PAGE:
epoch_loss += c

                        batch_x = []
                        batch_y = []
                        batches_run +=1
                        
                        print('Batch run:',batches_run,'/',total_batches,'| Epoch:',epoch,'| Batch Loss:',c,)

This would be a full epoch at this point, so then we want to be sure to save it, and update our epoch log file:

           saver.save(sess, "model.ckpt")
            print('Epoch', epoch, 'completed out of',hm_epochs,'loss:',epoch_loss)
            with open(tf_log,'a') as f:
                f.write(str(epoch)+'\n') 
            epoch +=1

When done, we can test our accuracy as usual:

       correct = tf.equal(tf.argmax(prediction, 1), tf.argmax(y, 1))
        accuracy = tf.reduce_mean(tf.cast(correct, 'float'))

        feature_sets = []
        labels = []
        counter = 0
        with open('processed-test-set.csv', buffering=20000) as f:
            for line in f:
                try:
                    features = list(eval(line.split('::')[0]))
                    label = list(eval(line.split('::')[1]))

                    feature_sets.append(features)
                    labels.append(label)
                    counter += 1
                except:
                    pass
        print('Tested',counter,'samples.')

        test_x = np.array(feature_sets)
        test_y = np.array(labels)

        print('Accuracy:',accuracy.eval({x:test_x, y:test_y}))

Since we're using checkpoints now, and a larger dataset, we might actually want a separate testing function for accuracy:

def test_neural_network():
    prediction = neural_network_model(x)
    with tf.Session() as sess:
        sess.run(tf.initialize_all_variables())
      
        for epoch in range(hm_epochs):
            try:
                saver.restore(sess,"model.ckpt")
            except Exception as e:
                print(str(e))
            epoch_loss = 0


        correct = tf.equal(tf.argmax(prediction, 1), tf.argmax(y, 1))
        accuracy = tf.reduce_mean(tf.cast(correct, 'float'))
        feature_sets = []
        labels = []
        counter = 0
        with open('processed-test-set.csv', buffering=20000) as f:
            for line in f:
                try:
                    features = list(eval(line.split('::')[0]))
                    label = list(eval(line.split('::')[1]))

                    #print(features)
                    #print(label)

                    feature_sets.append(features)
                    labels.append(label)
                    counter += 1
                except:
                    pass
        print('Tested',counter,'samples.')

        test_x = np.array(feature_sets)
        test_y = np.array(labels)
        print('Accuracy:',accuracy.eval({x:test_x, y:test_y}))


test_neural_network()

Just in case you missed something, the full pre-processing script:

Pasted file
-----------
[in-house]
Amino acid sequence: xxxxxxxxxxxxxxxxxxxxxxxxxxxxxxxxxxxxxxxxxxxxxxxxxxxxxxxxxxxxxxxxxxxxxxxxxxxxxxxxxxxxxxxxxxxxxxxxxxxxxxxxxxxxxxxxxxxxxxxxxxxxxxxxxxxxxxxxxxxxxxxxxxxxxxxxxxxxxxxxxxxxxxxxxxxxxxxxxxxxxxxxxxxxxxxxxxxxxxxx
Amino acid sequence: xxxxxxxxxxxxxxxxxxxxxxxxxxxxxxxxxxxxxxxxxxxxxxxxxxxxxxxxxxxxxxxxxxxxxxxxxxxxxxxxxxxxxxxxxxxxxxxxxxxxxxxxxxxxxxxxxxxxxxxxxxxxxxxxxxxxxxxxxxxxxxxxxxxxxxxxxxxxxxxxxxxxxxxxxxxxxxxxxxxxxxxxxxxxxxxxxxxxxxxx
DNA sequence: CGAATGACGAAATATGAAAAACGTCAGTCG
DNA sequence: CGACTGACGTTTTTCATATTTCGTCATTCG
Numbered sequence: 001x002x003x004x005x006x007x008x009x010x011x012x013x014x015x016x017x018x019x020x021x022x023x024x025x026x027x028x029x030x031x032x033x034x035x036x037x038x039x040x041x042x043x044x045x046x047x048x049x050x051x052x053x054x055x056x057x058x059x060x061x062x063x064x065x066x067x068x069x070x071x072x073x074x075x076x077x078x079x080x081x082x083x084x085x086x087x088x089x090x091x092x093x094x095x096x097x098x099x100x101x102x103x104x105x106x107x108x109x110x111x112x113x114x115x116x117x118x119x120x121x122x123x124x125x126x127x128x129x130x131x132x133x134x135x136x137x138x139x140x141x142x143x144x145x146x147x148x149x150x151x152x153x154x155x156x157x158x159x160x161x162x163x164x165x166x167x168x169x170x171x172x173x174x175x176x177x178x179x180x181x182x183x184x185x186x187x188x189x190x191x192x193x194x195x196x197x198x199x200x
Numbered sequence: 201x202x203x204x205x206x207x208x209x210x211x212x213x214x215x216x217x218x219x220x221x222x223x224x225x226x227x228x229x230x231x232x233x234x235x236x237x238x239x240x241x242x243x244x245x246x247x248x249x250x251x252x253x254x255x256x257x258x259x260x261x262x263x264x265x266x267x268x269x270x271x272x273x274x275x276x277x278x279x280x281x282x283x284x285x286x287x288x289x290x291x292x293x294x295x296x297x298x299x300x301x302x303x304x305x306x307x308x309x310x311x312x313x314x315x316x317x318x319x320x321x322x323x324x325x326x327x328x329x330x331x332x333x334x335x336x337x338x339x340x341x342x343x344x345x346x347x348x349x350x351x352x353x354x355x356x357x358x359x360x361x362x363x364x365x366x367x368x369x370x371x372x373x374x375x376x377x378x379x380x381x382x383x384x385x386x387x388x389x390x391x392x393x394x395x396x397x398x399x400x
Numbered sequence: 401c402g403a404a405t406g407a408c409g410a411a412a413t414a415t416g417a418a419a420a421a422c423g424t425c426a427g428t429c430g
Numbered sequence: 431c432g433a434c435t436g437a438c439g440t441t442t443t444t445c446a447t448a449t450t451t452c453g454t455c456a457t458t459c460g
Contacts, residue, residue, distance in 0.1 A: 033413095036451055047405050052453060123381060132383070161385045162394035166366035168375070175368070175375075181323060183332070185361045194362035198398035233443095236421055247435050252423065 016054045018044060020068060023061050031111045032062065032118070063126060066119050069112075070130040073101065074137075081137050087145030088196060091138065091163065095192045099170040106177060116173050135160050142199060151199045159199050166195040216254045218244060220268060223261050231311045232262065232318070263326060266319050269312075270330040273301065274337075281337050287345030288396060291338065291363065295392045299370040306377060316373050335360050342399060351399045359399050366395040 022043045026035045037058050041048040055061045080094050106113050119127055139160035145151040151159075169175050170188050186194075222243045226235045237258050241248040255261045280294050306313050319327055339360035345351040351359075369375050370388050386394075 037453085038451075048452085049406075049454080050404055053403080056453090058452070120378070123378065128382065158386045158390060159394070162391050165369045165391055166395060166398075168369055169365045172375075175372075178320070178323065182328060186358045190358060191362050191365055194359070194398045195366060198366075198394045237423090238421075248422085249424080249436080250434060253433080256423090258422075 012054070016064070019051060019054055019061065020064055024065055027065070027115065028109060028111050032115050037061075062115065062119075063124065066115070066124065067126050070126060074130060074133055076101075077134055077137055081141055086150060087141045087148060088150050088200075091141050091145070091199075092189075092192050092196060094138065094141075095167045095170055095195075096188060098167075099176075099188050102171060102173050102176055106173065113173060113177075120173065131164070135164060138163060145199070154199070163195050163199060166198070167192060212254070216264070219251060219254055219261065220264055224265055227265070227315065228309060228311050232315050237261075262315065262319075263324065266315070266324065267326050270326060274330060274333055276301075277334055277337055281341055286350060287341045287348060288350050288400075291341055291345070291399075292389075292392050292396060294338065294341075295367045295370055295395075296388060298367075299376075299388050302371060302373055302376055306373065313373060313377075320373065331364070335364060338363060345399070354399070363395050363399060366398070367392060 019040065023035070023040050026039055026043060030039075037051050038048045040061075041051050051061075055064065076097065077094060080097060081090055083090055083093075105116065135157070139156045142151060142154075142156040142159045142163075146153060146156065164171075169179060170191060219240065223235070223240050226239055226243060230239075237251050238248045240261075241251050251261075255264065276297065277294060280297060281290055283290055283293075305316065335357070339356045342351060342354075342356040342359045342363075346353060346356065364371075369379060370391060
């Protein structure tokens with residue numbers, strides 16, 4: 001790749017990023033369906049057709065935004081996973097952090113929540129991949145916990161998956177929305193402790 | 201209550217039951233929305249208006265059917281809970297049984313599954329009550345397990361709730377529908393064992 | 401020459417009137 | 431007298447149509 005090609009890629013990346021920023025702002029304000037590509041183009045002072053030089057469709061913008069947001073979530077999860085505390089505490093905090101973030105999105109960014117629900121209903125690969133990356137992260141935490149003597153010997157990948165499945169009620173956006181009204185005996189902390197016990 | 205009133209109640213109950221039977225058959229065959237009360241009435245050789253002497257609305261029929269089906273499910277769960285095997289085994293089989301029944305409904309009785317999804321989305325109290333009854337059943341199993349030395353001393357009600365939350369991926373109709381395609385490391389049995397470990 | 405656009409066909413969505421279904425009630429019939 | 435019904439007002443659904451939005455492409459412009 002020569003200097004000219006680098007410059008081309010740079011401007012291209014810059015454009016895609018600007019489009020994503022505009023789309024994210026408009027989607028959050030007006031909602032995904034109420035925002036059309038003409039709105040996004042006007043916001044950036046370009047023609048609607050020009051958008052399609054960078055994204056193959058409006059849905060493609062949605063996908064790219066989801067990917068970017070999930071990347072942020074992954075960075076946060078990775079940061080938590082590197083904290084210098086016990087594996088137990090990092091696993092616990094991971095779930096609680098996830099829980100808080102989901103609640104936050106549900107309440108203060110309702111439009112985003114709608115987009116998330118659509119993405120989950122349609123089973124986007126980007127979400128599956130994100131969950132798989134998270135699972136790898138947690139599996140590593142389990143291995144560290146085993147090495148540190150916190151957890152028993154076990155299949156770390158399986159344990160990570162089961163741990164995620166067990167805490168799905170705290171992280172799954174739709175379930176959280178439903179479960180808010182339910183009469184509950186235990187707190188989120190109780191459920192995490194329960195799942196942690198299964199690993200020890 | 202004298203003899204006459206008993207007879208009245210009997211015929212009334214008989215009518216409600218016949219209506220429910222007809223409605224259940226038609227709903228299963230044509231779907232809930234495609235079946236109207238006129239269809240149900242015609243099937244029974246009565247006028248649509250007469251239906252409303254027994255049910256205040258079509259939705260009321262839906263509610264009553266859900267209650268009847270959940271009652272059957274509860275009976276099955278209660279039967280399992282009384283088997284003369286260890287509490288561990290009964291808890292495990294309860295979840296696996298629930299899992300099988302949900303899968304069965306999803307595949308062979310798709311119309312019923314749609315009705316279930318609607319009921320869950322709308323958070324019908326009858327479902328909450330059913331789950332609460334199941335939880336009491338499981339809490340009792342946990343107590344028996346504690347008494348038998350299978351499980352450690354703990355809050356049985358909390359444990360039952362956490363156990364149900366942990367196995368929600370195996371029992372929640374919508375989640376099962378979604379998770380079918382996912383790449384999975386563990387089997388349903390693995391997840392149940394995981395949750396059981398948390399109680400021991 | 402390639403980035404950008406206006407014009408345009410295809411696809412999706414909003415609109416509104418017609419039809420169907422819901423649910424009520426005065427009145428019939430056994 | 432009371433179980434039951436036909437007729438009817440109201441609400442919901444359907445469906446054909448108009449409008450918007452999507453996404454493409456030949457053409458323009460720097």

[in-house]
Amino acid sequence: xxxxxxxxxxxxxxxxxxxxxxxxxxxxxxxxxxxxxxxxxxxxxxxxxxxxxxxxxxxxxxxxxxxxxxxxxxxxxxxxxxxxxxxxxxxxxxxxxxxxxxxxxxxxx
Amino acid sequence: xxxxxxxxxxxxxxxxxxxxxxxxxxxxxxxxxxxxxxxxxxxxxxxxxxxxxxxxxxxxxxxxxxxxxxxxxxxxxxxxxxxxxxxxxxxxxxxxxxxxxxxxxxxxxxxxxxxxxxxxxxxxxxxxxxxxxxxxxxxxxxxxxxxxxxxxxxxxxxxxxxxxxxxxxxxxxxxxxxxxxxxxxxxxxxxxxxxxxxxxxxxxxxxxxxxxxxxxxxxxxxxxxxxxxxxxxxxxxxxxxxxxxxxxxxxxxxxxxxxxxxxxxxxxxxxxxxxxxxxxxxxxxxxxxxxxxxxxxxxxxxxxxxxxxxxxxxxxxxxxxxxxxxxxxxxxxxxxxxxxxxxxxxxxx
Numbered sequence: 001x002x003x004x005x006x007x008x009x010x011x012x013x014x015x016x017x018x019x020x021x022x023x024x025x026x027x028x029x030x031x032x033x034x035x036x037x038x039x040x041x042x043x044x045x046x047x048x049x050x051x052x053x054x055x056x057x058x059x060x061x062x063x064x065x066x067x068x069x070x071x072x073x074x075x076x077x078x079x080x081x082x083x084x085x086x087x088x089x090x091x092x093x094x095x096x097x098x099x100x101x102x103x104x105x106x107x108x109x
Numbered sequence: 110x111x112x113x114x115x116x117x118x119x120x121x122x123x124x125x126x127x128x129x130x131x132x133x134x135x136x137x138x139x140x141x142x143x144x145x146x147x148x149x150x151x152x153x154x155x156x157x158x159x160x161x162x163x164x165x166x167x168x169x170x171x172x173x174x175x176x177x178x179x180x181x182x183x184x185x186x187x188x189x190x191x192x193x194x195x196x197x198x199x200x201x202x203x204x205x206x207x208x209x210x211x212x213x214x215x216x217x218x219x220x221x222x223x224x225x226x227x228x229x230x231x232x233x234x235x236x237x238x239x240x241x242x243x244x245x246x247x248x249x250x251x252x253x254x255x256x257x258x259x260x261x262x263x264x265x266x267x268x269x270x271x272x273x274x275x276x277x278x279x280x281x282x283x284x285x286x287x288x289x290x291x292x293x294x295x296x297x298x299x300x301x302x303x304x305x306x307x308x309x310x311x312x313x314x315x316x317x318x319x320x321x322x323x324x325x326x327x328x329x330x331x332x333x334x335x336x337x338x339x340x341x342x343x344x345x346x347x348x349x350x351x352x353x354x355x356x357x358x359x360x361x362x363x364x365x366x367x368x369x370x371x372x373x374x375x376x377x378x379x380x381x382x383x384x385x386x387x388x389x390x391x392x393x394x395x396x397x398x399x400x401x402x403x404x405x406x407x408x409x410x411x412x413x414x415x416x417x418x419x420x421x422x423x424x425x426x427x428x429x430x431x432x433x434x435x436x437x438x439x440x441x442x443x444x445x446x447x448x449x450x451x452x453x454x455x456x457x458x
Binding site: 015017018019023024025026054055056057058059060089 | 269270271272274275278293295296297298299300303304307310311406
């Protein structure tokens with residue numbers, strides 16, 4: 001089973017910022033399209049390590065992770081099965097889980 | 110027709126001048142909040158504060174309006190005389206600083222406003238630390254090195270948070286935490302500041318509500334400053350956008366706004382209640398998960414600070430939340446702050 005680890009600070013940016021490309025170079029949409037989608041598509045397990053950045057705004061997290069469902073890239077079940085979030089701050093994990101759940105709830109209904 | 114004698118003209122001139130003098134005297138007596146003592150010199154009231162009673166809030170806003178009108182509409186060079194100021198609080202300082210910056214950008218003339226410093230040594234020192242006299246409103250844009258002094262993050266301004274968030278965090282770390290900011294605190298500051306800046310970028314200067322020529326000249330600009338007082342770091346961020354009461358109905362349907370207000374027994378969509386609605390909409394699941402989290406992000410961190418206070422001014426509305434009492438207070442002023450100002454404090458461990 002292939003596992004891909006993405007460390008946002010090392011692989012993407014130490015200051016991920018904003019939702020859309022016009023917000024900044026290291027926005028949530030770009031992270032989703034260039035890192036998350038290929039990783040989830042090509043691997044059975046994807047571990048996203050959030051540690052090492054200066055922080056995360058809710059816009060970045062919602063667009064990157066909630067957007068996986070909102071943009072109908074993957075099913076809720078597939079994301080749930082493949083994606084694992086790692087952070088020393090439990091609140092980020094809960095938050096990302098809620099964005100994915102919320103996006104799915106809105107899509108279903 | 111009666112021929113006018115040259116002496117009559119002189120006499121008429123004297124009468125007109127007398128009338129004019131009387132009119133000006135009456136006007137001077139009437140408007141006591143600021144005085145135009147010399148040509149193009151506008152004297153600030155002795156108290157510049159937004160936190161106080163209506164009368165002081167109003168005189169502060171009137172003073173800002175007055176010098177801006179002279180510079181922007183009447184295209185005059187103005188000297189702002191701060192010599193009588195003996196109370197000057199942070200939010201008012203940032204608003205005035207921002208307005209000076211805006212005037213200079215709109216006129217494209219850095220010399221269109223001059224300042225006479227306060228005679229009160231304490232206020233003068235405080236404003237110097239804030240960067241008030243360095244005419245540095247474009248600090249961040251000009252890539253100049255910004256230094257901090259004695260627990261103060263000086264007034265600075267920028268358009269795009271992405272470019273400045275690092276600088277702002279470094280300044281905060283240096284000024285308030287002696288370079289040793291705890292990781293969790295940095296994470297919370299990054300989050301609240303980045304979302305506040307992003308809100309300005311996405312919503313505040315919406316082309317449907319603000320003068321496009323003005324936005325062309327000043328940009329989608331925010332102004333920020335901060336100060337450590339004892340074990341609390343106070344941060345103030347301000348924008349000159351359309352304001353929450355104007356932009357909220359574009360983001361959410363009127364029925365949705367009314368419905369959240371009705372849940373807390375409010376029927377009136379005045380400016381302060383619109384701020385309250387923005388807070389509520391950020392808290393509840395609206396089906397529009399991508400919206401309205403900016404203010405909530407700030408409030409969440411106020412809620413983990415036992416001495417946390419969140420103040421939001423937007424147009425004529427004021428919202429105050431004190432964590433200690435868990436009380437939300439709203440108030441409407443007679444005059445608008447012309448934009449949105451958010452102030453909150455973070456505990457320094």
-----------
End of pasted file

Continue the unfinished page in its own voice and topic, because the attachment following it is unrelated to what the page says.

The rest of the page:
import nltk
from nltk.tokenize import word_tokenize
from nltk.stem import WordNetLemmatizer
import pickle
import numpy as np
import pandas as pd

lemmatizer = WordNetLemmatizer()

'''
polarity 0 = negative. 2 = neutral. 4 = positive.
id
date
query
user
tweet
'''

def init_process(fin,fout):
	outfile = open(fout,'a')
	with open(fin, buffering=200000, encoding='latin-1') as f:
		try:
			for line in f:
				line = line.replace('"','')
				initial_polarity = line.split(',')[0]
				if initial_polarity == '0':
					initial_polarity = [1,0]
				elif initial_polarity == '4':
					initial_polarity = [0,1]

				tweet = line.split(',')[-1]
				outline = str(initial_polarity)+':::'+tweet
				outfile.write(outline)
		except Exception as e:
			print(str(e))
	outfile.close()

init_process('training.1600000.processed.noemoticon.csv','train_set.csv')
init_process('testdata.manual.2009.06.14.csv','test_set.csv')


def create_lexicon(fin):
	lexicon = []
	with open(fin, 'r', buffering=100000, encoding='latin-1') as f:
		try:
			counter = 1
			content = ''
			for line in f:
				counter += 1
				if (counter/2500.0).is_integer():
					tweet = line.split(':::')[1]
					content += ' '+tweet
					words = word_tokenize(content)
					words = [lemmatizer.lemmatize(i) for i in words]
					lexicon = list(set(lexicon + words))
					print(counter, len(lexicon))

		except Exception as e:
			print(str(e))

	with open('lexicon-2500-2638.pickle','wb') as f:
		pickle.dump(lexicon,f)

create_lexicon('train_set.csv')


def convert_to_vec(fin,fout,lexicon_pickle):
	with open(lexicon_pickle,'rb') as f:
		lexicon = pickle.load(f)
	outfile = open(fout,'a')
	with open(fin, buffering=20000, encoding='latin-1') as f:
		counter = 0
		for line in f:
			counter +=1
			label = line.split(':::')[0]
			tweet = line.split(':::')[1]
			current_words = word_tokenize(tweet.lower())
			current_words = [lemmatizer.lemmatize(i) for i in current_words]

			features = np.zeros(len(lexicon))

			for word in current_words:
				if word.lower() in lexicon:
					index_value = lexicon.index(word.lower())
					# OR DO +=1, test both
					features[index_value] += 1

			features = list(features)
			outline = str(features)+'::'+str(label)+'\n'
			outfile.write(outline)

		print(counter)

convert_to_vec('test_set.csv','processed-test-set.csv','lexicon-2500-2638.pickle')


def shuffle_data(fin):
	df = pd.read_csv(fin, error_bad_lines=False)
	df = df.iloc[np.random.permutation(len(df))]
	print(df.head())
	df.to_csv('train_set_shuffled.csv', index=False)
	
shuffle_data('train_set.csv')


def create_test_data_pickle(fin):

	feature_sets = []
	labels = []
	counter = 0
	with open(fin, buffering=20000) as f:
		for line in f:
			try:
				features = list(eval(line.split('::')[0]))
				label = list(eval(line.split('::')[1]))

				feature_sets.append(features)
				labels.append(label)
				counter += 1
			except:
				pass
	print(counter)
	feature_sets = np.array(feature_sets)
	labels = np.array(labels)